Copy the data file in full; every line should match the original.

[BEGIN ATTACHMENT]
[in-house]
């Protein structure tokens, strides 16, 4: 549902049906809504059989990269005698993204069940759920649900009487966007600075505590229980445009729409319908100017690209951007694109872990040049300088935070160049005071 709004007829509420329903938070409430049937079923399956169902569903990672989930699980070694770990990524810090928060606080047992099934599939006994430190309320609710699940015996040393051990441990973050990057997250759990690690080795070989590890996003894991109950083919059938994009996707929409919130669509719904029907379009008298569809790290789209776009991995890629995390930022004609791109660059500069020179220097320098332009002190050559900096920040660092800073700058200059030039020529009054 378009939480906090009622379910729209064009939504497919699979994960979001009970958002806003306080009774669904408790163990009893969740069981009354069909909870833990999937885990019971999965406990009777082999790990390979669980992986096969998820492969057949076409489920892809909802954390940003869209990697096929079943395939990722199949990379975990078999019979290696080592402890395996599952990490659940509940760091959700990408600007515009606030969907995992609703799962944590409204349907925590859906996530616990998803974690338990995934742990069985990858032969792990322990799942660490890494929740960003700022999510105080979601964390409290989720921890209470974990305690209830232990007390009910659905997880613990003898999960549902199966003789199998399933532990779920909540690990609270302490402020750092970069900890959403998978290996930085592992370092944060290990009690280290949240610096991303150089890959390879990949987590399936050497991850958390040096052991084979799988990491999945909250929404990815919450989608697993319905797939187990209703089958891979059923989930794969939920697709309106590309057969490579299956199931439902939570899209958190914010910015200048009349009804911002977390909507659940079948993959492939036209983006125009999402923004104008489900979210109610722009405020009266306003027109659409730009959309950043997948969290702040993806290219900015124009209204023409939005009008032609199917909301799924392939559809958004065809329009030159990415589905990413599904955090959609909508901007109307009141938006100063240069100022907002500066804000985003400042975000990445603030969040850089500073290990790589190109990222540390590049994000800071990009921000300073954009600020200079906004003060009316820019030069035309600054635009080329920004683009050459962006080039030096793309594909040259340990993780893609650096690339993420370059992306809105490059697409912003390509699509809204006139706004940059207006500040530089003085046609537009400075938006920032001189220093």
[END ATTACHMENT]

[in-house]
């Protein structure tokens, strides 16, 4: 549902049906809504059989990269005698993204069940759920649900009487966007600075505590229980445009729409319908100017690209951007694109872990040049300088935070160049005071 709004007829509420329903938070409430049937079923399956169902569903990672989930699980070694770990990524810090928060606080047992099934599939006994430190309320609710699940015996040393051990441990973050990057997250759990690690080795070989590890996003894991109950083919059938994009996707929409919130669509719904029907379009008298569809790290789209776009991995890629995390930022004609791109660059500069020179220097320098332009002190050559900096920040660092800073700058200059030039020529009054 378009939480906090009622379910729209064009939504497919699979994960979001009970958002806003306080009774669904408790163990009893969740069981009354069909909870833990999937885990019971999965406990009777082999790990390979669980992986096969998820492969057949076409489920892809909802954390940003869209990697096929079943395939990722199949990379975990078999019979290696080592402890395996599952990490659940509940760091959700990408600007515009606030969907995992609703799962944590409204349907925590859906996530616990998803974690338990995934742990069985990858032969792990322990799942660490890494929740960003700022999510105080979601964390409290989720921890209470974990305690209830232990007390009910659905997880613990003898999960549902199966003789199998399933532990779920909540690990609270302490402020750092970069900890959403998978290996930085592992370092944060290990009690280290949240610096991303150089890959390879990949987590399936050497991850958390040096052991084979799988990491999945909250929404990815919450989608697993319905797939187990209703089958891979059923989930794969939920697709309106590309057969490579299956199931439902939570899209958190914010910015200048009349009804911002977390909507659940079948993959492939036209983006125009999402923004104008489900979210109610722009405020009266306003027109659409730009959309950043997948969290702040993806290219900015124009209204023409939005009008032609199917909301799924392939559809958004065809329009030159990415589905990413599904955090959609909508901007109307009141938006100063240069100022907002500066804000985003400042975000990445603030969040850089500073290990790589190109990222540390590049994000800071990009921000300073954009600020200079906004003060009316820019030069035309600054635009080329920004683009050459962006080039030096793309594909040259340990993780893609650096690339993420370059992306809105490059697409912003390509699509809204006139706004940059207006500040530089003085046609537009400075938006920032001189220093």